Okay, you can take back that little black dress to Saks Fifth Avenue if your husband thinks it is too tight in the butt. You can return the gas grill you purchased from Costco because it's bigger than the back deck. But what happens when you try to return a car to a dealer lot because the black-on-black styling makes you feel like a harlot with chrome underwear?
“It all depends,” says Marshall Vyletel, general manger of Vyletel Buick-Volkswagen in Sterling Heights, MI, where I bought my ill-fated '02 VW Passat in way too much of a hurry. How long would I have to repent? How much penance would I need to pay for momentary indecision?
I'd bought the car on a Friday night, rushing Vyletel's service department through its 112-point technician inspection so I'd have new wheels for the weekend. My '95 Jetta GL had sprung a massive oil leak, and its dependability was compromised. “Sell it while it still rolls,” I thought.
Selecting the Passat the night before, without a glimpse of how it looked in daylight or a sense of how it handled on highways or fit into narrow urban parking lots, was short-sighted.
“Omigod, I've bought the wrong vehicle,” I said to myself with repeated anxiety over a very long, stress-inducing weekend of mental chastising for not engaging in a thorough search-and-acquire mission.
Having owned VW Jettas for 20 years, driving each one to the ground, I didn't need Consumer's Reports to tell me what brand worked for comfort, style and zippy response. I'd checked prices online and honed in on a great deal. Now was time at last to upgrade to VW's bigger sedan. The Passat was a plush mobile with a bigger console and better suspension. But it wasn't zippy.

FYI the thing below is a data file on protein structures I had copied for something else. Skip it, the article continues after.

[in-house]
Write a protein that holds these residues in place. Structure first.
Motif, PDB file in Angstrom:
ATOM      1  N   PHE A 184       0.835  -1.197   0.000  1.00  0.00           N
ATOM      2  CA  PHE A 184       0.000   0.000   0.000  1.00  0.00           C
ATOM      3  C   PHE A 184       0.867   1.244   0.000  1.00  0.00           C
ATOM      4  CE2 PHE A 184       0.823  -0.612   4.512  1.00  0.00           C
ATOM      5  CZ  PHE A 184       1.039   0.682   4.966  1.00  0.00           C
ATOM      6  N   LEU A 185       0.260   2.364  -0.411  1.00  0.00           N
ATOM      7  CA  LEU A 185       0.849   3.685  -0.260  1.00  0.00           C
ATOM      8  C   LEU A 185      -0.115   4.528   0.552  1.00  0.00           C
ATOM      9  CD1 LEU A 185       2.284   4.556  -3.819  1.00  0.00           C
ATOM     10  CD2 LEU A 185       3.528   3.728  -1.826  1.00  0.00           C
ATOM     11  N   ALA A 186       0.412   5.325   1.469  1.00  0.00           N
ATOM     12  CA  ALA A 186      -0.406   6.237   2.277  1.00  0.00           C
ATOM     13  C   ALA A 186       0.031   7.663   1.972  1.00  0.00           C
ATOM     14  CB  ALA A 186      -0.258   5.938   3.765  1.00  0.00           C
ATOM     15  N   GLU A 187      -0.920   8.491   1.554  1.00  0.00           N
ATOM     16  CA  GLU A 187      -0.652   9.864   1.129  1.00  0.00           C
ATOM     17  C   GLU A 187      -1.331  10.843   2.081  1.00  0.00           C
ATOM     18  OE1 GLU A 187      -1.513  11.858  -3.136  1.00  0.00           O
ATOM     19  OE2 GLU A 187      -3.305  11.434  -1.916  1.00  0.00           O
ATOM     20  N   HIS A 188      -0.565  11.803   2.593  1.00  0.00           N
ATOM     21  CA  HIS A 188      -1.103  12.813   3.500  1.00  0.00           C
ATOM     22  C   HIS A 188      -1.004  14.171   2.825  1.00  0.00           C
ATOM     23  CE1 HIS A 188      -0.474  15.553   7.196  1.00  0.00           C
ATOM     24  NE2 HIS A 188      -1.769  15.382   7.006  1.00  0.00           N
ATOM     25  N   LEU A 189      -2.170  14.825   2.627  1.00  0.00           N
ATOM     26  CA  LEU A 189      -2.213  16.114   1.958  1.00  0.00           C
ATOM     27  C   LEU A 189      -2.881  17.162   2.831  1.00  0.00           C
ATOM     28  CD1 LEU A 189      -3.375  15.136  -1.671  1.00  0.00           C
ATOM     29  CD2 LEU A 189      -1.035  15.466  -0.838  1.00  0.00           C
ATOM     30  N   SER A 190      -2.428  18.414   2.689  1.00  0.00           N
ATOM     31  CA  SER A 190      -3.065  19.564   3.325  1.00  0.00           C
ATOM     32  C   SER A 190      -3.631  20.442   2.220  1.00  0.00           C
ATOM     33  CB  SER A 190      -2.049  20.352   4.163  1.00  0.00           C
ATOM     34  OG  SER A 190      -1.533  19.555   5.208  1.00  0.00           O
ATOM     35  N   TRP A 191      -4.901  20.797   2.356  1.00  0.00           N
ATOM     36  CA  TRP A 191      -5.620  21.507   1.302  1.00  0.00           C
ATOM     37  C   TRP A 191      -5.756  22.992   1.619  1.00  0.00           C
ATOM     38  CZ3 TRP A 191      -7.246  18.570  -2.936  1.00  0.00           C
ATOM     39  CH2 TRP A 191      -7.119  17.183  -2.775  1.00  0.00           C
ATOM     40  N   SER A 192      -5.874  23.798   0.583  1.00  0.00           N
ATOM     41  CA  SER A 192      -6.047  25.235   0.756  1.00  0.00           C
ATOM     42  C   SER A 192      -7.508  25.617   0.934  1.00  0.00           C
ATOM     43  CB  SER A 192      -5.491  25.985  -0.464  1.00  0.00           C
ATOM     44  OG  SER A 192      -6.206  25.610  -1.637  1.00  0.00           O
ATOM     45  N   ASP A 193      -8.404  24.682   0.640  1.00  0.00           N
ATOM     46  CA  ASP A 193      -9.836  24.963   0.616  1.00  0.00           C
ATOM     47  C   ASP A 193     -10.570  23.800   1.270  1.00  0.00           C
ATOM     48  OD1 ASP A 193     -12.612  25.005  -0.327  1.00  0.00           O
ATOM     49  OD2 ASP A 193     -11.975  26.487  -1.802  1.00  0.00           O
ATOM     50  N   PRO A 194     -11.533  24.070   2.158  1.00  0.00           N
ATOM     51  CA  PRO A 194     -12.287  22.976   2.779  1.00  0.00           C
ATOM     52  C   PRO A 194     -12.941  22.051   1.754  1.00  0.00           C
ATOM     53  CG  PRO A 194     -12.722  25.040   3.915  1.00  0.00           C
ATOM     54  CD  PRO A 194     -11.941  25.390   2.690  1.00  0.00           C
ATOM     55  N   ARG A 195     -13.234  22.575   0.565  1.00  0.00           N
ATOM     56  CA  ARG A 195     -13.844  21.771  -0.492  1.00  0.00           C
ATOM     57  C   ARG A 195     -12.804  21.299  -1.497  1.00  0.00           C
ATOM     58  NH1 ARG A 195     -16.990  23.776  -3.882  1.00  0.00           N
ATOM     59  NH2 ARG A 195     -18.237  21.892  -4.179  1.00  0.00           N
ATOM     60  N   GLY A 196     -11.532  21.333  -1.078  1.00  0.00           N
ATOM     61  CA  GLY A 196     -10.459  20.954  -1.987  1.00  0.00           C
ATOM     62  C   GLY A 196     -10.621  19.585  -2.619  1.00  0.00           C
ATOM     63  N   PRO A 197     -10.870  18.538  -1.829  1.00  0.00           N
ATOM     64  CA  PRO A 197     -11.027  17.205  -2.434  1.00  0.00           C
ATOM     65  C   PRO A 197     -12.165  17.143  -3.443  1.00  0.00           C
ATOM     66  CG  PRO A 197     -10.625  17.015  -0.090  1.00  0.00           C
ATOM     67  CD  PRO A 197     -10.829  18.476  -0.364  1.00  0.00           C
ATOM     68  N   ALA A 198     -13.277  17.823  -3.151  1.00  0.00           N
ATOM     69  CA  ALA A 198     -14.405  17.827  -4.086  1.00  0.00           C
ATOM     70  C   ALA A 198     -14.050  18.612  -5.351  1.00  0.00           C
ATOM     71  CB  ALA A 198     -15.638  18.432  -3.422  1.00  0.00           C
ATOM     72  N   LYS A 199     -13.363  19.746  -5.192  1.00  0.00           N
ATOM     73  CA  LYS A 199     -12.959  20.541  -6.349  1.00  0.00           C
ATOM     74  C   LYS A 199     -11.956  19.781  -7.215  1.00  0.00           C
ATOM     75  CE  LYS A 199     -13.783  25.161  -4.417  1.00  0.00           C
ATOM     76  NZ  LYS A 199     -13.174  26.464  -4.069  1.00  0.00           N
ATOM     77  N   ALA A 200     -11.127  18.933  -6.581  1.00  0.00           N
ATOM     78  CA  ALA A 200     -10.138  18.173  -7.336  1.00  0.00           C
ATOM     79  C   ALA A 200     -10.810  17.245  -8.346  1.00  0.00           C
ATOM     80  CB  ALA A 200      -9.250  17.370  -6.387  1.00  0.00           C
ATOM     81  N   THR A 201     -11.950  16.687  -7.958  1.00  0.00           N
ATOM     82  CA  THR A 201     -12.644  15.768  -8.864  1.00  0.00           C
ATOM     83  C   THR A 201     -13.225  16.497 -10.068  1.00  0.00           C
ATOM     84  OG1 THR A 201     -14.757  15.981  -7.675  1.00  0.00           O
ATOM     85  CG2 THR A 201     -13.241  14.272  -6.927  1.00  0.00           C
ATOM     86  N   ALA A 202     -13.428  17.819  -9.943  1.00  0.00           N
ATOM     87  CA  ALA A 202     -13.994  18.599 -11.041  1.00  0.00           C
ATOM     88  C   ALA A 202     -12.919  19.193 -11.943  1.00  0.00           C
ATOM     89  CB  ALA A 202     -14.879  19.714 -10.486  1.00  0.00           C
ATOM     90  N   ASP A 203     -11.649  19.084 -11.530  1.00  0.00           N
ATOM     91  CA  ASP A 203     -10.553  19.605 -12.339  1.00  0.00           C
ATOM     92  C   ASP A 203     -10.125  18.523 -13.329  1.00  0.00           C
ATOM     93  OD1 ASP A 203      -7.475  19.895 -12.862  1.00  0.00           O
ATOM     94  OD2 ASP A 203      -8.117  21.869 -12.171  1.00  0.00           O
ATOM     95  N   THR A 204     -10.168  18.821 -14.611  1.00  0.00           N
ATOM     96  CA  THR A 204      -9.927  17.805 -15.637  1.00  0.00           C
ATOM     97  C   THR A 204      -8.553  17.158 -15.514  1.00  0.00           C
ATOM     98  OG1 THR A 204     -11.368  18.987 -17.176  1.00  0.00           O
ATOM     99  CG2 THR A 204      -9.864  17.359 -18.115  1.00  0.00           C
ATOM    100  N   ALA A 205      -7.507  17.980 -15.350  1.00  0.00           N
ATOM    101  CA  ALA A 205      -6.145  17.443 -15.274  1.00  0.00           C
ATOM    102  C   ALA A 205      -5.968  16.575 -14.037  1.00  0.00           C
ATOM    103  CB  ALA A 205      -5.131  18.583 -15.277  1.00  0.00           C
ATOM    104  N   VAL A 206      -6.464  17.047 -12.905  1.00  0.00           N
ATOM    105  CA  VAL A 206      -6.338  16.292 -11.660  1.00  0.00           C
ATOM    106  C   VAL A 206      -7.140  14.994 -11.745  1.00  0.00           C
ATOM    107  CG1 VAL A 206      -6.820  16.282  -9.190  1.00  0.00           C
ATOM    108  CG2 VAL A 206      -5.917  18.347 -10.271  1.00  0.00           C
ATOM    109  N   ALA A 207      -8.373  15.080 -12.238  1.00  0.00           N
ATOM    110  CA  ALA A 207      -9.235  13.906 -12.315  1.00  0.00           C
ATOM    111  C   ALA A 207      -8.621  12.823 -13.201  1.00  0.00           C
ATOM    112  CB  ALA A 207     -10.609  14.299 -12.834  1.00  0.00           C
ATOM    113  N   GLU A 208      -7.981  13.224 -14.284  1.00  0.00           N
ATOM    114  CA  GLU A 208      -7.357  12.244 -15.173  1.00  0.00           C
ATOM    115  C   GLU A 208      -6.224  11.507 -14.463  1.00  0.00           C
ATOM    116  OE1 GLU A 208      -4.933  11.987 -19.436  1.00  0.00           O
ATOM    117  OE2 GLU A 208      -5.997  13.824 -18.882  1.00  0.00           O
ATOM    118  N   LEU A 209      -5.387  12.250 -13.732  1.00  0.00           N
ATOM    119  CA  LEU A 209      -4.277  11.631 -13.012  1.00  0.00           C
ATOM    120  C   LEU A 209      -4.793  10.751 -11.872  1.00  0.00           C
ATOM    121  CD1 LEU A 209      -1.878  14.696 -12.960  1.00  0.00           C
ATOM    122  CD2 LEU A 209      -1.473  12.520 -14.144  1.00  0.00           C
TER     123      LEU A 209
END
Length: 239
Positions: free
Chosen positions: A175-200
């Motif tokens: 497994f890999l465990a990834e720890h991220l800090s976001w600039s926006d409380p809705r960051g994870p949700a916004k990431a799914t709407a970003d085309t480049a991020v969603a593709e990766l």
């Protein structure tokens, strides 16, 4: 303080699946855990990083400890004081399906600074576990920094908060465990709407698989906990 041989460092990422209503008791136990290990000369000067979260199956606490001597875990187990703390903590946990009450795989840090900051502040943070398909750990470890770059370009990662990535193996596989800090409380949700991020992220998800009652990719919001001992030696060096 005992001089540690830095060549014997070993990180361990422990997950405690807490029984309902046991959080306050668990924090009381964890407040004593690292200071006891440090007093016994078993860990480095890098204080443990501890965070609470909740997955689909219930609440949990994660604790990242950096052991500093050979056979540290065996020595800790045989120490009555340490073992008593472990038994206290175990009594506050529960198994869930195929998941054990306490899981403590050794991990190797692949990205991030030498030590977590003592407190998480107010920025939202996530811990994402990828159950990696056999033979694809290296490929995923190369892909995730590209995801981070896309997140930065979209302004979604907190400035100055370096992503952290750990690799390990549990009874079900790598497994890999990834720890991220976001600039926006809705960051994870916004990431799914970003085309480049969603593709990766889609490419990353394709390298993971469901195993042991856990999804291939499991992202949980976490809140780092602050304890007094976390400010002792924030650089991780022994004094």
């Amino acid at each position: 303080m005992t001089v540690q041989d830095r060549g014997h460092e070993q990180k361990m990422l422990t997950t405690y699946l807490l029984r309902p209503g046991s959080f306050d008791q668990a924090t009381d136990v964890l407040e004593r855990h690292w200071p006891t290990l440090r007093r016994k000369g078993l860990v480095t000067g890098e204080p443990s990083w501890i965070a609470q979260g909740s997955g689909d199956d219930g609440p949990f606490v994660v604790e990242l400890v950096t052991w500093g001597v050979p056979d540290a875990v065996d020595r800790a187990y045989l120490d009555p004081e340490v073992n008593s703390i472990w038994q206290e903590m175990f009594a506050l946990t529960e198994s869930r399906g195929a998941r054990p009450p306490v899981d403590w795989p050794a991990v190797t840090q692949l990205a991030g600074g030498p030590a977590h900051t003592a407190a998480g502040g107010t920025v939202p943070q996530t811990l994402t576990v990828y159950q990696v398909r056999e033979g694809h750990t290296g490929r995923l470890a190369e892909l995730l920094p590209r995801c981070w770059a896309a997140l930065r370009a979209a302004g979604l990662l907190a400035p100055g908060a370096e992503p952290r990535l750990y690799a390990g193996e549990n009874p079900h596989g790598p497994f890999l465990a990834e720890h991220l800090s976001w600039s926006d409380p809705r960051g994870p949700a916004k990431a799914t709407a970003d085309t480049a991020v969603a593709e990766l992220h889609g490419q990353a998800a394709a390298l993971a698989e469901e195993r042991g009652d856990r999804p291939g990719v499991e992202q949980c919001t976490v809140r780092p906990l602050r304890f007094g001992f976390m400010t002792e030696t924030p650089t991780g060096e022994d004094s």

Buyer's remorse, when it comes to automobiles, is not all that common, says Vyletel, who retails more than 2,000 new and used vehicles a year. “Most customers know more than our rookie sales people about a vehicle because they do so much research on the Internet and in car magazines. Most of them take long test drives to be certain.”
To be sure, the purchase of a car, unlike buying a dress, a barbecue grill or a computer, involves a complex piece of machinery that meets federal safety standards and factory operating standards. Customers sign up to 15 documents that, among other things, secure a loan and register the car with the state's motor vehicle licensing department.
Ford Motor Co. spokesman Dan Bedore says a vehicle title is a legal document that verifies current mileage and new or used condition.
The Utah Div. of Consumer Protection, on its website, www.commerce.utah.gov, stipulates there is no three-day rescission law that applies to motor-vehicle purchases. Few states have such a provision. California adopted one last year in a compromise that offered certain rights to consumers but didn't make dealers feel they were being duped into providing free three-day rentals.
Once a titled new car leaves the lot, it loses its virginity — so to speak — and at least $3,000 or $4,000 in value when titled as used. Dealerships may have more latitude with used vehicles, but the vehicle still must undergo an overhaul to assure its safety and operation upon return.
Car dealers base their credibility on selling functional vehicles. But a few retailers wrestle with how to satisfy a distraught customer.
Mea culpa! I'm not even blonde and I goofed up. “We probably get three or four a year — people who aren't happy with the radio system or overall style,” Vyletel says. “We allow them to return the car if the sale happened within three days, mileage is low and they purchase another vehicle from us.”
Studies conducted by CarMax, a dealership chain retailing 307,000 vehicles (mostly used) at its 67 stores across America in 2005, found 78% of car purchasers have wished they could return a car within the first few days of buying it. Only 22% of respondents to a study said they never experienced buyer's remorse.